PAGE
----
Bulibasa Ioan Tiriac, miliardar facut pe genunchii tatucului Ion Iliescu cu oportunitati grase oferite de Petre Roman, cat s-a vorbit public de colaborarea sportivilor cu Securitatea a uitat ca si-a inceput cariera dand Note Informative ca un amarat de turnator cu nume de cod "Titi Ionescu". Desigur, ce nu are CNSAS si, deci, nu se poate pronunta, este Dosarul sau de la SIE, de roman multi-prosper al regimului Ceausescu. Sa amintim cam ce gandea agentul miliardar al regimului Iliescu despre romanii care se impotriveau profitorilor loviturii de stat din decembrie 1989: "Bine ca minerii au curatat Piata Universitatii!". Aici gasiti Decizia CNSAS.
People Magazine, 1991: Tennis's Count Dracula Returns to Transylvania, with a Lot at Stake
"There is an opposition press now and some freedom to I ravel; still,
after the first wave of excitement, many Romanians again fear that
their phones are tapped or that they are being shadowed by secret
police. So far the U.S. is wary too; it has not offered Romania the
same trade status it has to Czechoslovakia and Poland.
This whole subject irritates Tiriac no end. "This is a
50-year-old paranoia," he insists. He calls the new government "very
progressive" and the new Prime Minister, Petre Roman, "a very dynamic
Tiriac doesn't think much of Romanians who oppose the new
government, which becomes clear as he pilots his car through University
Square. Last summer protesters were set upon here by a horde of
Romanian miners armed with clubs and sledgehammers. Internationally it
was the new government's worst black eye; President Ion Iliescu was
widely believed to have ordered the miners in.
"It was a good thing the demonstrators were finally cleaned
out of there," says Tiriac. "People are confusing democracy with
anarchy. If I were President, I'd create the biggest police force in
Europe. But people see police as power to oppress. So I'd change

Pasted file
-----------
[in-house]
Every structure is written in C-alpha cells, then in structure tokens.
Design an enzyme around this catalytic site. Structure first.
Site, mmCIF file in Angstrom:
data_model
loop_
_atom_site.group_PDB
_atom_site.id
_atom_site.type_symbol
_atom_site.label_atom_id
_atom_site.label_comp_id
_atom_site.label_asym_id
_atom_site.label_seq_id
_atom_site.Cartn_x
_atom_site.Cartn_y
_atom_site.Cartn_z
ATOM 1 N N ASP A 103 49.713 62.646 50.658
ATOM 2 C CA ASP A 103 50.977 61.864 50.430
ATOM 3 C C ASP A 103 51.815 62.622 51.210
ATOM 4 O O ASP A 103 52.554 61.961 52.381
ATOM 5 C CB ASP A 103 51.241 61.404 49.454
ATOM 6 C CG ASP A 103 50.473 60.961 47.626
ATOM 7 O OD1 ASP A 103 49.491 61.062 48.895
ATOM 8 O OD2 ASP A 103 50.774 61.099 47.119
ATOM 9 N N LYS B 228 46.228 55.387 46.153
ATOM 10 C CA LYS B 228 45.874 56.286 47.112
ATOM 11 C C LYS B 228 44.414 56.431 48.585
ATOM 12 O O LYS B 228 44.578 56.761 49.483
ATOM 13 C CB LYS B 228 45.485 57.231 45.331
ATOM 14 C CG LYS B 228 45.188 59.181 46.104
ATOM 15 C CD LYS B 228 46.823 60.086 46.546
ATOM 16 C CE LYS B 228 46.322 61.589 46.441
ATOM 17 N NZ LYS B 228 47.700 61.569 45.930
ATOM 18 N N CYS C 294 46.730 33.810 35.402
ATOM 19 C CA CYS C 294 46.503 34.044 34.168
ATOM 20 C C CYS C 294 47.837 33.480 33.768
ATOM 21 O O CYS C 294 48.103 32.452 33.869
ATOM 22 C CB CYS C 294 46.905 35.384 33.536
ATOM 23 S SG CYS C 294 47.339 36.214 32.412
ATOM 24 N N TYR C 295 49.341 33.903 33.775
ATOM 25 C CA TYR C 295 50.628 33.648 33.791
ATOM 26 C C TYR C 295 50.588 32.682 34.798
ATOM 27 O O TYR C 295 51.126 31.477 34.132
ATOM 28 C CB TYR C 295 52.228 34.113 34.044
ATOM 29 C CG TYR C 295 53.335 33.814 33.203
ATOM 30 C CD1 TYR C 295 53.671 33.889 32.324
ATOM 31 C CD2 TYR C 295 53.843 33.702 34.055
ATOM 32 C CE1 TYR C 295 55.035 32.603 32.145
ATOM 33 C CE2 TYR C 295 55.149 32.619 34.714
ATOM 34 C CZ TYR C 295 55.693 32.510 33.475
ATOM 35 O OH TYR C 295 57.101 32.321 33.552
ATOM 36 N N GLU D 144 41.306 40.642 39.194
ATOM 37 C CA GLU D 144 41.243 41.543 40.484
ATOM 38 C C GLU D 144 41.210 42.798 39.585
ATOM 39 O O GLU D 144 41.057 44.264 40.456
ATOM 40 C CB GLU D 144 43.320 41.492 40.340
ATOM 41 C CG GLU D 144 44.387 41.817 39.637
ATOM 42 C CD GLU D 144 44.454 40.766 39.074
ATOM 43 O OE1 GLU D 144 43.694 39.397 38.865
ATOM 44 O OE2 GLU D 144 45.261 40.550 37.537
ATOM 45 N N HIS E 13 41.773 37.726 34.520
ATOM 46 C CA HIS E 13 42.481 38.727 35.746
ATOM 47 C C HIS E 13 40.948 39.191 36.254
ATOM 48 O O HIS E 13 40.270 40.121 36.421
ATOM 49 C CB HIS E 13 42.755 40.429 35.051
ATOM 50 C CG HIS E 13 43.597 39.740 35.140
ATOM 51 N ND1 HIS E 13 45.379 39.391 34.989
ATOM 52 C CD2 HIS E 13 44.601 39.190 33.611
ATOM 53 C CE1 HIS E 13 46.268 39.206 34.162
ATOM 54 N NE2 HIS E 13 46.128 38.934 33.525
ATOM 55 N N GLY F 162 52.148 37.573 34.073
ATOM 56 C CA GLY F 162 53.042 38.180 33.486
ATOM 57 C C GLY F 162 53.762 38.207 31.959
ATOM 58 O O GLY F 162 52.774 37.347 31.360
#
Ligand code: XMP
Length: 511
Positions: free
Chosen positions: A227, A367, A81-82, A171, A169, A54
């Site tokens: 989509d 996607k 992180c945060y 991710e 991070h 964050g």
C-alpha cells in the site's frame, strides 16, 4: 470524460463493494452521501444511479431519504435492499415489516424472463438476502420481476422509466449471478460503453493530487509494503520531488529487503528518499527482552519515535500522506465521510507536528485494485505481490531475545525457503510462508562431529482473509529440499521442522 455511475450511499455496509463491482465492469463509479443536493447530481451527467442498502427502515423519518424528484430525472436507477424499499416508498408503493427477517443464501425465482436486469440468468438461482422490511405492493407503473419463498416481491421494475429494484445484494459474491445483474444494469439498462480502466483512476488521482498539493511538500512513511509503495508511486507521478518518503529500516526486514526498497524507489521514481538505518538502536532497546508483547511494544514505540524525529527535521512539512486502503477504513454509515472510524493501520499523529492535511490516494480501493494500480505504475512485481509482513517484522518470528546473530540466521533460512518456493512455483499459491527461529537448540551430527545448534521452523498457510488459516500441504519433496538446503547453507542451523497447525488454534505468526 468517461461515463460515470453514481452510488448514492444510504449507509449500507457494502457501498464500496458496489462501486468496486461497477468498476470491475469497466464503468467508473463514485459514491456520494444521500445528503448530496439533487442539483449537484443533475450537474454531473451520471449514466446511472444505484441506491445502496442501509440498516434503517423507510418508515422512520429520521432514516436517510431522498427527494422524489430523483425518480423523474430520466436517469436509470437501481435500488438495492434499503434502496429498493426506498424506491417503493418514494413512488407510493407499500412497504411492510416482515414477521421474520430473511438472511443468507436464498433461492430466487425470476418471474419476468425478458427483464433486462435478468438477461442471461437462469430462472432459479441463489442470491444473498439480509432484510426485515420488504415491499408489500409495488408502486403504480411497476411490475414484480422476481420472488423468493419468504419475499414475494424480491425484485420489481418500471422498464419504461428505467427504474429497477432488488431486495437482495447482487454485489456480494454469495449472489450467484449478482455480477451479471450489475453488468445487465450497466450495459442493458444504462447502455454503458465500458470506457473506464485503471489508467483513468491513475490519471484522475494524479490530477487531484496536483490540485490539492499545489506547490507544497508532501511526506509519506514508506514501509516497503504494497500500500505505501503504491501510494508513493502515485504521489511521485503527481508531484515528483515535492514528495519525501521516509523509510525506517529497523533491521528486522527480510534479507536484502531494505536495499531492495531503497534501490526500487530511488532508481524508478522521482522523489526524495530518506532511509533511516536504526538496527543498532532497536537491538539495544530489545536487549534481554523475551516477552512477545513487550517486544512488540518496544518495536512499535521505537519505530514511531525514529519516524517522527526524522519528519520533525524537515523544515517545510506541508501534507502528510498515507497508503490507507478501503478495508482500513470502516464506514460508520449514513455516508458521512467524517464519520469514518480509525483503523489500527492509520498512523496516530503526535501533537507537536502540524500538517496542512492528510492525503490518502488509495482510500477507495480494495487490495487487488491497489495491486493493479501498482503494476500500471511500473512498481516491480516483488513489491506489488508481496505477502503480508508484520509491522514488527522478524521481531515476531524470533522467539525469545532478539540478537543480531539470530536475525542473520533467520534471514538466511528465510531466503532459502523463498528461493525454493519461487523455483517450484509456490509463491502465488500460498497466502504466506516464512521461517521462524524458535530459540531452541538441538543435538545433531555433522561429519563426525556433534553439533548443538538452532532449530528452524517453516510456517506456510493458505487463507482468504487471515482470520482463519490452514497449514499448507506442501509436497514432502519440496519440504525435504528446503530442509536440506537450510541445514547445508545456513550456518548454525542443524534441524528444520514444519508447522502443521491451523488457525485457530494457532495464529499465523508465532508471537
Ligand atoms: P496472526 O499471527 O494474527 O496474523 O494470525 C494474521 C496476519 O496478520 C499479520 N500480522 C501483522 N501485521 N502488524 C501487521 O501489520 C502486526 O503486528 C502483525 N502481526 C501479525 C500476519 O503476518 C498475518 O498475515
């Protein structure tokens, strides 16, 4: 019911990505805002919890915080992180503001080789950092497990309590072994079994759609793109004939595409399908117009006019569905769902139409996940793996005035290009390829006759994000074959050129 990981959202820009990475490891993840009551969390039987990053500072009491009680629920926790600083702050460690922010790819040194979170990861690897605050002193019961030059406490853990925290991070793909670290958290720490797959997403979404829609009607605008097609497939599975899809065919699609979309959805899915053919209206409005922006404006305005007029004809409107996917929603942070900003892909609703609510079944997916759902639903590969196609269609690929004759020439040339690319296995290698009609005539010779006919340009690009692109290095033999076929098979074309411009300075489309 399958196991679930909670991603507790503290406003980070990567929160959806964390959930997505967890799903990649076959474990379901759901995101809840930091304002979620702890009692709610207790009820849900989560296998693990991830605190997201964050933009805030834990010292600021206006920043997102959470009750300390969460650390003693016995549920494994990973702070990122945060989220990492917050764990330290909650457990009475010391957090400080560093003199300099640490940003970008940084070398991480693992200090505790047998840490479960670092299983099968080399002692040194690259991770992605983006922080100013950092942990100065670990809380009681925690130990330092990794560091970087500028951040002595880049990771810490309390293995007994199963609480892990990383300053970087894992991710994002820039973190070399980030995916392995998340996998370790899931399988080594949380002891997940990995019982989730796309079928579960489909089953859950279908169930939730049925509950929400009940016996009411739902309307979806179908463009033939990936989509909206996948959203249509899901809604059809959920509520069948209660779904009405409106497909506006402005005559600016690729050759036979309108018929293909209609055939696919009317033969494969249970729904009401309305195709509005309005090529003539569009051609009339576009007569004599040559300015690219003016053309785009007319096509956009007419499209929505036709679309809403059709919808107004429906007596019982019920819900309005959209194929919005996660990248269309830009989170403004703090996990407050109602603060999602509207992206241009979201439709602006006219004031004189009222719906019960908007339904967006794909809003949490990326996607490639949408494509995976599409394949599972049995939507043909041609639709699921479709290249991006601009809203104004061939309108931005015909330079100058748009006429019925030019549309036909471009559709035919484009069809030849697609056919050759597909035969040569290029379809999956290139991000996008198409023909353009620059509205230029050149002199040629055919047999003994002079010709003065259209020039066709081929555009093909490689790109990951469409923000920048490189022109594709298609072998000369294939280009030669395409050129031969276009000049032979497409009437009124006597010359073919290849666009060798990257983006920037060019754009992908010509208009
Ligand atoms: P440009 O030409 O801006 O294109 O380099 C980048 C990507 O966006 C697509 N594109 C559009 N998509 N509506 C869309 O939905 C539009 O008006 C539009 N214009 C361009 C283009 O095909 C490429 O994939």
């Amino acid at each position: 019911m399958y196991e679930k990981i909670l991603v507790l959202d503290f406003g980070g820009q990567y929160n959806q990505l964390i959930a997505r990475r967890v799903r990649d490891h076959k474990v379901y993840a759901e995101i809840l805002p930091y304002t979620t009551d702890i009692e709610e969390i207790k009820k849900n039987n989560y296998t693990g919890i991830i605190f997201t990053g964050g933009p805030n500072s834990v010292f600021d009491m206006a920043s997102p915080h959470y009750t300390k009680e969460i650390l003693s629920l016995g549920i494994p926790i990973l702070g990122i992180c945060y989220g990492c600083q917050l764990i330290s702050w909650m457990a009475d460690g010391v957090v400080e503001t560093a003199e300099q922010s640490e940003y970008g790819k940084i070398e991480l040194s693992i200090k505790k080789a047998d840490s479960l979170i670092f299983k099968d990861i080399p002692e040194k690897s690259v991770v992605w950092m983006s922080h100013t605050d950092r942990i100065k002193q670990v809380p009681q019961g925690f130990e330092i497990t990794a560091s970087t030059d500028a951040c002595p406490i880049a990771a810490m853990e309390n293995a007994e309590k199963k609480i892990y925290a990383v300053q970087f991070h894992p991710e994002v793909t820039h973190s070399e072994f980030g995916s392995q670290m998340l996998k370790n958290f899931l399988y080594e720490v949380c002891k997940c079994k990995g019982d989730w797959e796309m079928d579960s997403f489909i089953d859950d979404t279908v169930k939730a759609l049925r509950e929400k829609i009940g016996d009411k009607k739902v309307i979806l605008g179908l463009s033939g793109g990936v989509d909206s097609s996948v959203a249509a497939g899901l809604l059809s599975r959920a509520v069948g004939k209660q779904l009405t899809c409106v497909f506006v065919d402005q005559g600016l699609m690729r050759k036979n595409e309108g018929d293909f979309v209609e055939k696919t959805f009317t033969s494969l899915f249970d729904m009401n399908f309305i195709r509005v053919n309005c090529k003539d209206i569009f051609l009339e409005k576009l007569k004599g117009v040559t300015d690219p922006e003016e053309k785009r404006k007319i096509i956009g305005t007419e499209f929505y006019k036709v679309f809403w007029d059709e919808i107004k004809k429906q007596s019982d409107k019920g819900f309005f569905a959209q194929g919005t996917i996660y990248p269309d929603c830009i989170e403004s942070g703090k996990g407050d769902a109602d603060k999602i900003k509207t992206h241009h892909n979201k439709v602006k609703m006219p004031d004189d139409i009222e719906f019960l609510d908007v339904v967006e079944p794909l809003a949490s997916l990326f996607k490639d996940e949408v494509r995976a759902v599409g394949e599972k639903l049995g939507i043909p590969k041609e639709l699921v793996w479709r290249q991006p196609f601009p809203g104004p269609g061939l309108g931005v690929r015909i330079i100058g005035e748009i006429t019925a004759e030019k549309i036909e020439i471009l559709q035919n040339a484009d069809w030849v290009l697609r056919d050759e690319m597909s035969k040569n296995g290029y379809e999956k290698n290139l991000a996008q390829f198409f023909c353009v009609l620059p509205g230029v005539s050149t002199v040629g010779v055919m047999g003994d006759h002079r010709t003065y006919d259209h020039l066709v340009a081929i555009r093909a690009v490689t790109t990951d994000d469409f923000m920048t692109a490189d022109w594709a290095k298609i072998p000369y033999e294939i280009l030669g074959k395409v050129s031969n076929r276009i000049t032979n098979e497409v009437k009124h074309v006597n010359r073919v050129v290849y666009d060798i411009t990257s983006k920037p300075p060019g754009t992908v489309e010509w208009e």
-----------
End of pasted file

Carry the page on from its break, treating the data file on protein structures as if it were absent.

uniform. Make them red or pink. Say, 'These pink people are to defend
my son crossing the street.' "
It is unclear how much Tiriac's countrymen might be dismayed
by his muscular view of democracy. Some Romanians, it appears, have
never trusted him anyway. "Among ordinary guys, he has always been very
popular," says Michael Radelescu, a native Romanian who writes computer
software and now lives in New York State. "But not so much among
intellectuals. Back during the Ceausescu period, anyone like Tiriac who
traveled outside the country a lot was assumed to be collaborating with
the regime. Whether it was true or not, I have no idea, but it was a
very common opinion." Now some Romanians object to Tiriac's
friendliness with the Iliescu government. The leading opposition paper,
Romania Libera, complained recently that the Prime Minister had
overridden a government vote and privately doled out 14 of Bucharest's
most gracious old homes to "chosen ones"—including his friend Tiriac,
who got long-term leases to two.
Tiriac is prowling the property of one of these now, a
lakefront house across from a compound of villas that Ceausescu once
inhabited. The place is handsome—five bedrooms, 7,000 square feet—but
he can't move in until renovations are completed."
Integral in Revista People August 05, 1991 Vol. 36 No. 4
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